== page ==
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Criminal Justice

LA County Posts Largest Number Of Anti-Asian Hate Crimes Since 2001

A color map of Los Angeles County, with dozens of red triangles denoting municipalities where anti-Asian hate crimes have been reported.
In L.A. County, 45% of reported hate crimes took place in the city of L.A., with a “significant cluster” in the South Bay.
( Courtesy L.A. County Commission on Human Relations)
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In March of 2020, a Chinese man was punched three times in the face while waiting at a bus stop after being ordered to "Go back where you came from, you f****** Chinese!"

Later that month, a Vietnamese woman found "F*** Chinese C19" scratched into the hood of her car. A window was shattered, her tires punctured, the dashboard and seats slashed.

[Note: the full profanity was used in these messages.]

In November of that year, a man of Indian descent was attacked by a group of men who kicked him repeatedly in the head as one suspect yelled, “Indians should go back to India!” Another one stole the victim’s wallet.

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TheL.A. County Commission on Human Relations says these are among the 44 hate crimes reported against Asians last year, a 76% increase from 25 cases in 2019. Suspects in one-fifth of the incidents blamed victims for spreading COVID-19.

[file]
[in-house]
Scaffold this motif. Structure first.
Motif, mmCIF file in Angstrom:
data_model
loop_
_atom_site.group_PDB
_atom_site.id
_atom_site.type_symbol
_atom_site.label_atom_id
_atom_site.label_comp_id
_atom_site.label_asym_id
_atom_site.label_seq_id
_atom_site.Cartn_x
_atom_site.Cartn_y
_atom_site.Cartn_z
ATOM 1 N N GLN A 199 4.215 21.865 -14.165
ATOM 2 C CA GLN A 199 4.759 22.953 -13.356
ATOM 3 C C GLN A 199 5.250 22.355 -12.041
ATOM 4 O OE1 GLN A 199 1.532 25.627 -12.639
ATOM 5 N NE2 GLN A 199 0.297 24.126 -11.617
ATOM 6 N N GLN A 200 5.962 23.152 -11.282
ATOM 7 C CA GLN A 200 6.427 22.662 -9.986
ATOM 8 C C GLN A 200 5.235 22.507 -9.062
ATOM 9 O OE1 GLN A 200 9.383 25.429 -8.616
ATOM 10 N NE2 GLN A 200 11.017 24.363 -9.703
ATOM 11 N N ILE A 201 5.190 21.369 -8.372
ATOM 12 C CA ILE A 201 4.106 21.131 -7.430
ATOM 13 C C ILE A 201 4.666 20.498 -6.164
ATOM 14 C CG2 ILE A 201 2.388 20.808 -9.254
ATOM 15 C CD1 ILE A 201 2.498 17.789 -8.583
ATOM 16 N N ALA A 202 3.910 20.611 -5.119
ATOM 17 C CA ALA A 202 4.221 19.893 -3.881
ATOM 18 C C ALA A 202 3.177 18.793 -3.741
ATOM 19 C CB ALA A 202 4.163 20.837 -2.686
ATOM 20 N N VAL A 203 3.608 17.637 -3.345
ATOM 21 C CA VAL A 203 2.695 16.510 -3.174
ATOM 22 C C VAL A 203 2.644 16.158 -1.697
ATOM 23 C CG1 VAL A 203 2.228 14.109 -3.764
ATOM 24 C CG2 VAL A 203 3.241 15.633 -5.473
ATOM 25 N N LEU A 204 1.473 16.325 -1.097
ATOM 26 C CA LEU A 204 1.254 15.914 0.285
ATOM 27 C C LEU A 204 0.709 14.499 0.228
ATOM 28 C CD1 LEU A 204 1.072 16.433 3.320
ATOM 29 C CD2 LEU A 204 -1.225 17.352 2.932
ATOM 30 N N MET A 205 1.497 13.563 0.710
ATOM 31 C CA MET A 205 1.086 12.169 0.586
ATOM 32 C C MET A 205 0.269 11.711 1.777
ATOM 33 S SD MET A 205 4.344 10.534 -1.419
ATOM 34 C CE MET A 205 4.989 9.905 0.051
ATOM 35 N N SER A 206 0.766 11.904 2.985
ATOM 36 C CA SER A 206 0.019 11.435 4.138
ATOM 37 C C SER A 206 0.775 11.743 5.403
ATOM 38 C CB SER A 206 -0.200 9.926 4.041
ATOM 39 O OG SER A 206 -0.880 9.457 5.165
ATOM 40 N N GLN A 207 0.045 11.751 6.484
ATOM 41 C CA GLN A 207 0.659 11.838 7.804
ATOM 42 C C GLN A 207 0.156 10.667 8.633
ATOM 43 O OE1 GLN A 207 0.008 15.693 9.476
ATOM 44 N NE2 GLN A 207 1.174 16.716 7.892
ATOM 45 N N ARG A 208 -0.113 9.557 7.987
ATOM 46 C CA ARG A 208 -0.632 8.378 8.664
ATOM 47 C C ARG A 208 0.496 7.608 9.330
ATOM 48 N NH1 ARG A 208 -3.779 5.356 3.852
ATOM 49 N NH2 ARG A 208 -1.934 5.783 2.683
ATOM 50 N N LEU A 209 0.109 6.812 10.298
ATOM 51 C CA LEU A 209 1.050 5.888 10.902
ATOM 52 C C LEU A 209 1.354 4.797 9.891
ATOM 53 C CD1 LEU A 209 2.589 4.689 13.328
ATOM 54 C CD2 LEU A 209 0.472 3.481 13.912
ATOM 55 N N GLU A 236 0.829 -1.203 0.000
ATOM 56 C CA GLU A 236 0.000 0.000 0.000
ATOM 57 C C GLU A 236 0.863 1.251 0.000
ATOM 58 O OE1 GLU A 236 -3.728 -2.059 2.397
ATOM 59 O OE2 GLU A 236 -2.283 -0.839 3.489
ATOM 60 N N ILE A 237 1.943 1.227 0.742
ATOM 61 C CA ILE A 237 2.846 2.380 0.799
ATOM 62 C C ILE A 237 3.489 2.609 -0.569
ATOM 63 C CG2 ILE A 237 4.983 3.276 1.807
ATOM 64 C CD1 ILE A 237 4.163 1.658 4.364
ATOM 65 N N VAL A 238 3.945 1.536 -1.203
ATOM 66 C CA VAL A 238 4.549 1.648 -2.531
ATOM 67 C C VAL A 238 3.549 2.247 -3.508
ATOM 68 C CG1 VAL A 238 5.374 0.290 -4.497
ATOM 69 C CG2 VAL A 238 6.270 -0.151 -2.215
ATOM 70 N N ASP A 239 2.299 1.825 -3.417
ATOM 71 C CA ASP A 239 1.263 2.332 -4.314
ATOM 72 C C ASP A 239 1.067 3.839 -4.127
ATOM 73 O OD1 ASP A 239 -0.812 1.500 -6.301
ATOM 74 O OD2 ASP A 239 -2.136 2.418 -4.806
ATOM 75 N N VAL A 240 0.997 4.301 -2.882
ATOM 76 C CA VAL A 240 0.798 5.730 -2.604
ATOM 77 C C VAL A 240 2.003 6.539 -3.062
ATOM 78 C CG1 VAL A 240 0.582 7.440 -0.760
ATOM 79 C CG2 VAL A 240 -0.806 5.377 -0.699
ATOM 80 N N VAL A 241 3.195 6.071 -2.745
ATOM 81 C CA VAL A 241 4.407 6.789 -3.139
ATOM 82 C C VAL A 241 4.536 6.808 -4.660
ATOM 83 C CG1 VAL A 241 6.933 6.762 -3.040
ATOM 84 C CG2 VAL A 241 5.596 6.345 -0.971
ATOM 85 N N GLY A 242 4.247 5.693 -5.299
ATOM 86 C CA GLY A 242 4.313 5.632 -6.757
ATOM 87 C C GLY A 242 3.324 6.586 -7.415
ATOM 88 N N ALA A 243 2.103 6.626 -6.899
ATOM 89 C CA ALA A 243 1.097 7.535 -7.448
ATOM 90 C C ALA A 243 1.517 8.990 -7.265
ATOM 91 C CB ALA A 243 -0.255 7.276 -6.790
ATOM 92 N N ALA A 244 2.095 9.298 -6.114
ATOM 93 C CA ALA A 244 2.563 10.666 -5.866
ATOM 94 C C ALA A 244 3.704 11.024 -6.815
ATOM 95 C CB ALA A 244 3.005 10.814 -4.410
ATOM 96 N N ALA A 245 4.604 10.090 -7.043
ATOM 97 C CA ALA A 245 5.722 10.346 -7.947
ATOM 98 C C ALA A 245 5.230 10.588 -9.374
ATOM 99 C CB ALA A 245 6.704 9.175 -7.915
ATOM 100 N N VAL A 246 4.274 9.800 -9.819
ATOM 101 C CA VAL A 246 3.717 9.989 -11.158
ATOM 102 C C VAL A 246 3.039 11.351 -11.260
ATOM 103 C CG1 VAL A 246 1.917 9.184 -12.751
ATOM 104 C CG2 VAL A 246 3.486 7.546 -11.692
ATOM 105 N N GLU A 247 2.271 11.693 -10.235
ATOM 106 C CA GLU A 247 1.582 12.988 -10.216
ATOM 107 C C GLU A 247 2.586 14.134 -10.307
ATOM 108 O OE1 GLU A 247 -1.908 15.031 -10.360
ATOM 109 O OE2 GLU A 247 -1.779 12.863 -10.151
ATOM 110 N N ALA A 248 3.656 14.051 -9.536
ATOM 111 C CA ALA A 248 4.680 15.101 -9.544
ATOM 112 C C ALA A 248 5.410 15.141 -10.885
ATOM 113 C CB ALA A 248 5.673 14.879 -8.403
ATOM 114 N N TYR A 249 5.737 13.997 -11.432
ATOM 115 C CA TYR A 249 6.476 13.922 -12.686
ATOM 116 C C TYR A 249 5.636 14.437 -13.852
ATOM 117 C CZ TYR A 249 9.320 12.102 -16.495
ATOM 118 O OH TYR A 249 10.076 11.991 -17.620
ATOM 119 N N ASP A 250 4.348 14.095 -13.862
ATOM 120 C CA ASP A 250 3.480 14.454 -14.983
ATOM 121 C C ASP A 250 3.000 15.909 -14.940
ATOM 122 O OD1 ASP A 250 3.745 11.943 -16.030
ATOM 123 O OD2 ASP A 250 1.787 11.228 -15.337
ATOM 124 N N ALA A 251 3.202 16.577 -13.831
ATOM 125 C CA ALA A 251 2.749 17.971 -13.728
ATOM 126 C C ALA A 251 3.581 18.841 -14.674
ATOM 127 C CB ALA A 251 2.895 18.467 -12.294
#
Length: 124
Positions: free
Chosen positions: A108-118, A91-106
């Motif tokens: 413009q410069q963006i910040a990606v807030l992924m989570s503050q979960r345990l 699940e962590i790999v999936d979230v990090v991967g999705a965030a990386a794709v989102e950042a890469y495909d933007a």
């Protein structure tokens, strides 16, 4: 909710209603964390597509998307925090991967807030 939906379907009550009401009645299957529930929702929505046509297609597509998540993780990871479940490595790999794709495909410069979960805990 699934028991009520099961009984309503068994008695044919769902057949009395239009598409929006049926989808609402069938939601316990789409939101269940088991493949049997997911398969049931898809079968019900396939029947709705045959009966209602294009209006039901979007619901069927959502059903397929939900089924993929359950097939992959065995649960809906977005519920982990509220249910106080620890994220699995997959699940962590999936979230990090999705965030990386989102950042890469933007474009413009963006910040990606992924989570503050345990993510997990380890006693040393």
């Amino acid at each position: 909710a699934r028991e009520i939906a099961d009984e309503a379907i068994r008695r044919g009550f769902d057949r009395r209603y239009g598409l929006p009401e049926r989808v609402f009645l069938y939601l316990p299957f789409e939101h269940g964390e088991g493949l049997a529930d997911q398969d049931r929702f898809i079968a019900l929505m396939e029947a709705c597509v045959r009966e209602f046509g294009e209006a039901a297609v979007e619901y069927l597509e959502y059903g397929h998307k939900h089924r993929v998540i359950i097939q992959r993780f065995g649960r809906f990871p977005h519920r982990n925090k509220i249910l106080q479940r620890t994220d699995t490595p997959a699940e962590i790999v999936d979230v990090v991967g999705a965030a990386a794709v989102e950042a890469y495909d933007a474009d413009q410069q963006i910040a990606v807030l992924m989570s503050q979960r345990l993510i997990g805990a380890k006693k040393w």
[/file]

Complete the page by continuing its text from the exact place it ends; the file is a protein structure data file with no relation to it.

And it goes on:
As the pandemic led to finger-pointing at China and racist rhetoric from prominent conservative politicians, Asian Americans were scapegoated in hate crimes in L.A. County at rates not seen since 2001. That year there were 80 anti-Asian hate crimes, 38 of which came after the September 11 terrorist attacks led to the targeting of South Asian residents perceived to be Muslim or of Middle Eastern descent.

Other findings from 2020:

  • Three-quarters of the crimes involved physical violence, compared to 58 percent two years earlier. 
  • In instances where a suspect was identified, 42% were white, followed by Latinos at 36% and African Americans at 19%. The commission says this is significant to note “because nationally there has been speculation that African Americans were most frequently suspects in anti-Asian crimes.” 
  • The share of female victims rose from 29% to 41%. In 2020, female victims tripled from five to 15.  
  • The median age of victims rose from 30 to 41. Victims included two senior citizens and two minors, ages 11 and 12.
  • 45% of the hate crimes took place in L.A., with a “significant cluster” in the South Bay.

Despite the rise in documented cases, the commission maintains crimes are still underreported because of linguistic and cultural barriers and immigration status. Community leaders have also cited fear of police and unwanted attention.

Have a question about Southern California's Asian American communities?
Josie Huang reports on the intersection of being Asian and American and the impact of those growing communities in Southern California.